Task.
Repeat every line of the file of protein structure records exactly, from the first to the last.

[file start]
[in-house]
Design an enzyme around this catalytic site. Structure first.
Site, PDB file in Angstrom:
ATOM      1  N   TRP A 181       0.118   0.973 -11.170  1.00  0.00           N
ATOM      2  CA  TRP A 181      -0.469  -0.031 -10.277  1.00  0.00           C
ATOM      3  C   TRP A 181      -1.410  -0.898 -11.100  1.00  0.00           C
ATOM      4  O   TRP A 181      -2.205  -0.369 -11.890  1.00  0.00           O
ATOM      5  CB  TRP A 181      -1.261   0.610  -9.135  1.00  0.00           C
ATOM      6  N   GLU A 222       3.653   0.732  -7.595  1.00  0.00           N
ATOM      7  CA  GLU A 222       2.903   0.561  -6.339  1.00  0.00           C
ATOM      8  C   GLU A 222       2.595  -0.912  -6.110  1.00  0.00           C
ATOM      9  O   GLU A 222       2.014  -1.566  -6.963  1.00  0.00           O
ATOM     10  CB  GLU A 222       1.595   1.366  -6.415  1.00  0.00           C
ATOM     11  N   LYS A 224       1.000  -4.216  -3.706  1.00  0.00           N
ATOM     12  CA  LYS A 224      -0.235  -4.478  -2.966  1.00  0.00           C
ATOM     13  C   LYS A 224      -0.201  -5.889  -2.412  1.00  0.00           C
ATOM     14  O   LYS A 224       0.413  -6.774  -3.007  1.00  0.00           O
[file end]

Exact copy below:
[in-house]
Design an enzyme around this catalytic site. Structure first.
Site, PDB file in Angstrom:
ATOM      1  N   TRP A 181       0.118   0.973 -11.170  1.00  0.00           N
ATOM      2  CA  TRP A 181      -0.469  -0.031 -10.277  1.00  0.00           C
ATOM      3  C   TRP A 181      -1.410  -0.898 -11.100  1.00  0.00           C
ATOM      4  O   TRP A 181      -2.205  -0.369 -11.890  1.00  0.00           O
ATOM      5  CB  TRP A 181      -1.261   0.610  -9.135  1.00  0.00           C
ATOM      6  N   GLU A 222       3.653   0.732  -7.595  1.00  0.00           N
ATOM      7  CA  GLU A 222       2.903   0.561  -6.339  1.00  0.00           C
ATOM      8  C   GLU A 222       2.595  -0.912  -6.110  1.00  0.00           C
ATOM      9  O   GLU A 222       2.014  -1.566  -6.963  1.00  0.00           O
ATOM     10  CB  GLU A 222       1.595   1.366  -6.415  1.00  0.00           C
ATOM     11  N   LYS A 224       1.000  -4.216  -3.706  1.00  0.00           N
ATOM     12  CA  LYS A 224      -0.235  -4.478  -2.966  1.00  0.00           C
ATOM     13  C   LYS A 224      -0.201  -5.889  -2.412  1.00  0.00           C
ATOM     14  O   LYS A 224       0.413  -6.774  -3.007  1.00  0.00           O